Epidemiology

Associations of diet soda and non-caloric artificial sweetener use with markers of glucose and insulin homeostasis and incident diabetes: the Strong Heart Family Study

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Abstract

Background/Objectives

Non-caloric artificial sweeteners (NAS) are marketed as healthier alternatives to sugar, but the relationship between consumption of NAS and development of diabetes is unclear. This study assessed the associations of diet soda and NAS consumption with (1) early markers of insulin and glucose homeostasis (cross-sectionally) and (2) incident diabetes (over an average of 8 years of follow-up) among American Indians, a population with high rates of obesity.

Subjects/Methods

The study population included Strong Heart Family Study participants without cardiovascular disease or diabetes who participated in the 2007–2009 study exam (n = 1359). Diet soda and NAS consumption were assessed using a Block food frequency questionnaire and supplemental NAS questionnaire at the study exam. Fasting plasma glucose and insulin were measured during the study exam after a 12-h overnight fast. Participants were followed for incident diabetes through December 2017 using a single phone interview and medical record review; diabetes was identified by self-report and confirmed by documentation in medical records. Associations of diet soda and NAS consumption with fasting insulin, glucose, and incident diabetes were assessed using generalized estimating equations (fasting insulin and glucose analyses) and parametric survival models with Weibull distributions (incident diabetes analyses).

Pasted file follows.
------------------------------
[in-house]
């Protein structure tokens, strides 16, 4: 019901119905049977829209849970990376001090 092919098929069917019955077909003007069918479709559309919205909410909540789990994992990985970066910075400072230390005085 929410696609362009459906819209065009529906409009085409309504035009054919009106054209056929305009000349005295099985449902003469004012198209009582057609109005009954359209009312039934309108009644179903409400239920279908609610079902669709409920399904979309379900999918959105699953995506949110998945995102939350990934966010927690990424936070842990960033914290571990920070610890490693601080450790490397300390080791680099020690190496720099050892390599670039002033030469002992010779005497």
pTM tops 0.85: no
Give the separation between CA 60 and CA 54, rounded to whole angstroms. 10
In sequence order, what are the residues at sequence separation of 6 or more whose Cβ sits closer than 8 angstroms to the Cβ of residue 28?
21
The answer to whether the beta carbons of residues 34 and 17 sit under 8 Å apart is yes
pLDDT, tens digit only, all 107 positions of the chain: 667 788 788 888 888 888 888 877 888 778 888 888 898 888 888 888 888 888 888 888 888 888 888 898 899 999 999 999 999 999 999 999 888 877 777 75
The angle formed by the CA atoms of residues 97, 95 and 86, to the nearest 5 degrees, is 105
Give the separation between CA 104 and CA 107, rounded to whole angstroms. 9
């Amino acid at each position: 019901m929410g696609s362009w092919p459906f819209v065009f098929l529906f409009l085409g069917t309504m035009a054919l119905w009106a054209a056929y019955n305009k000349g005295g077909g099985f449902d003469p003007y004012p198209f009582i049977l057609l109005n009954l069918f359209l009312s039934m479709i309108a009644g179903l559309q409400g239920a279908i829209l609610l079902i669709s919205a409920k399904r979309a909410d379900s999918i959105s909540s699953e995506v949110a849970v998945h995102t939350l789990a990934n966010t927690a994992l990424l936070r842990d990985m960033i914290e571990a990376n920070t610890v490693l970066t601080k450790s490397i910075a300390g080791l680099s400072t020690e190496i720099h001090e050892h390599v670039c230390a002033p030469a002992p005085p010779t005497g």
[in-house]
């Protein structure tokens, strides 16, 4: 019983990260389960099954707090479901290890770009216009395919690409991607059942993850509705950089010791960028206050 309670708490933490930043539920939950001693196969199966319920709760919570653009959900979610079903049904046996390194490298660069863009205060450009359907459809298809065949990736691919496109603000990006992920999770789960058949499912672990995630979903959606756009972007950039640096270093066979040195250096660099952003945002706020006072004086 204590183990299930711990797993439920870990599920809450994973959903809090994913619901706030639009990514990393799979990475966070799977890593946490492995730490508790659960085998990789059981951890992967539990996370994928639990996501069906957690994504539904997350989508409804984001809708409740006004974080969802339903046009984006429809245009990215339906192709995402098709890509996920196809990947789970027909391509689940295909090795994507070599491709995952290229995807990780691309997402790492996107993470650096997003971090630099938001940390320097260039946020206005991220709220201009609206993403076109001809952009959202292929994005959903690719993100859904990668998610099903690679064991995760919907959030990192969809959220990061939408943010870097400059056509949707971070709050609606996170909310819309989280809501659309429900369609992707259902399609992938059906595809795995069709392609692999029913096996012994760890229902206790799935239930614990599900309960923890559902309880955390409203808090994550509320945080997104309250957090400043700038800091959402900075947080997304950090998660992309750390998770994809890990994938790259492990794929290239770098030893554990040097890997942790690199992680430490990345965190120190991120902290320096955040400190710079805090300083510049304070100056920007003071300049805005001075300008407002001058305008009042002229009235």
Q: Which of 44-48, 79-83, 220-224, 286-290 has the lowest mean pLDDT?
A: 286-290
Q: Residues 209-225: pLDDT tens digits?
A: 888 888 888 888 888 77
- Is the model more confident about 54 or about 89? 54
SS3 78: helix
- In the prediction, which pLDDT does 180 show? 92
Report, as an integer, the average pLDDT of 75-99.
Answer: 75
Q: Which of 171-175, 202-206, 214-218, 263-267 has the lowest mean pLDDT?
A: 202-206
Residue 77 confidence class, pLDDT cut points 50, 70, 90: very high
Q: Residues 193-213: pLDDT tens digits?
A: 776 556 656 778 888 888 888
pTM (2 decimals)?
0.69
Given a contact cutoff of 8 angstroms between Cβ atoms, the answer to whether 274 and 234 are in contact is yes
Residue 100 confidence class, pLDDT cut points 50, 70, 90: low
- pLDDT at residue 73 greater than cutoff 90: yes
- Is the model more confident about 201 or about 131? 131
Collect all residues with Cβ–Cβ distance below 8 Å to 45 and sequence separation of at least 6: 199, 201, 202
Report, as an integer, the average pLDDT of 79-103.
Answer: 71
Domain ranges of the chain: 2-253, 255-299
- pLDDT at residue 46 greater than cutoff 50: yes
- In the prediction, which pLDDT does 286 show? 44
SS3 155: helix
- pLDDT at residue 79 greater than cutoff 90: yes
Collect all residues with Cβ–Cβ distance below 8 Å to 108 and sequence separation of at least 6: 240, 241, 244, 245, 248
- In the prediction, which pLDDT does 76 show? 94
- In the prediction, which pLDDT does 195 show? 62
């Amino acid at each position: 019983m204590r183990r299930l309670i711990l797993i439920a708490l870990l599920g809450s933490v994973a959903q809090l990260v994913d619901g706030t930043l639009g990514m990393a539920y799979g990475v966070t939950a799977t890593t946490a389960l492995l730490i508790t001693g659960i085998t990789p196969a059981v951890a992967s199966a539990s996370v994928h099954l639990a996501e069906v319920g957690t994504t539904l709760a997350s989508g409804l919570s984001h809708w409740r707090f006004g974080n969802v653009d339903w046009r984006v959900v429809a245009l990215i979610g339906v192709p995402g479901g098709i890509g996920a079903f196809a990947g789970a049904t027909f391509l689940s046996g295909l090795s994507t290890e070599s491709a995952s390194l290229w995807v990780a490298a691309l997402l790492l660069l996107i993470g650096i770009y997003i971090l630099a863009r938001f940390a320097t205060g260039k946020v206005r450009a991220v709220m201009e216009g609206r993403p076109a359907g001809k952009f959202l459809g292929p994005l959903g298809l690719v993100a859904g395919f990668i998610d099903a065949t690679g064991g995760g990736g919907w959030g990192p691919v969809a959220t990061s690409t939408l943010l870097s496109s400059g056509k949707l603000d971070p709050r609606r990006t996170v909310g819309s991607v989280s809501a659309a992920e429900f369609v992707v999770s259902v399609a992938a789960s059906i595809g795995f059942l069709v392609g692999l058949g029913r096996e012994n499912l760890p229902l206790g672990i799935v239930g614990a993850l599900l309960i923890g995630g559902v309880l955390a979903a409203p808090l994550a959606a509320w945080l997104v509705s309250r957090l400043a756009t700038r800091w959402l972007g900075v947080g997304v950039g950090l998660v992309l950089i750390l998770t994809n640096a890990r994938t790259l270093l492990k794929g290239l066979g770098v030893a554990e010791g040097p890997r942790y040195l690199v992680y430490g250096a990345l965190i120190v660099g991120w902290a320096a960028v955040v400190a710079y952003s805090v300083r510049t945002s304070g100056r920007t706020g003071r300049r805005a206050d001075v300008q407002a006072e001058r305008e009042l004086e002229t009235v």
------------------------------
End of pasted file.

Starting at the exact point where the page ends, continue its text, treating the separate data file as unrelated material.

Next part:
Results

Just under half of participants reported regularly consuming diet soda (40%) or using NAS to sweeten their beverages (41%). During an average 8 years of follow-up, we identified 98 cases of incident diabetes. After correction for multiple comparisons, there were no statistically significant associations of reported diet soda and NAS consumption with fasting insulin, fasting glucose, or incident diabetes.

Conclusions

Although reported consumption of diet soda and NAS were high, neither were associated with diabetes risk.

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Data availability

Due to privacy agreements with the tribal communities involved in this study, access to study data are restricted. Further information can be found at https://strongheartstudy.org/.

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Acknowledgements

We thank the study participants and the Strong Heart Study staff.

Funding

The Strong Heart Family Study is supported by the National Institutes of Health cooperative agreement grants U01-HL41642, U01-HL41652, U01-HL41654, U01-HL65520, and U01-HL65521 and research grants R01-HL109315, R01-HL109301, R01-HL109284, R01-HL109282, and R01-HL109319. AMF is also supported by 5KL2TR000421.

Author information

PNJ drafted the manuscript, analyzed the data, had full access to the data in the study, and had final responsibility for the decision to submit for publication. LB, MO, RBD, SAC, JWM, TA, ETL, FLY, and JY contributed to the interpretation of results and critically reviewed the manuscript. JGU and BVH contributed to the conception and design of the study, the acquisition of data, and critically reviewed the manuscript. AMF contributed to the conception and design of the study, the data analysis, and critically reviewed the manuscript. All authors approved the final version and agreed to be accountable for all aspects of the work.

Correspondence to Paul N. Jensen.

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The authors declare that they have no conflict of interest.

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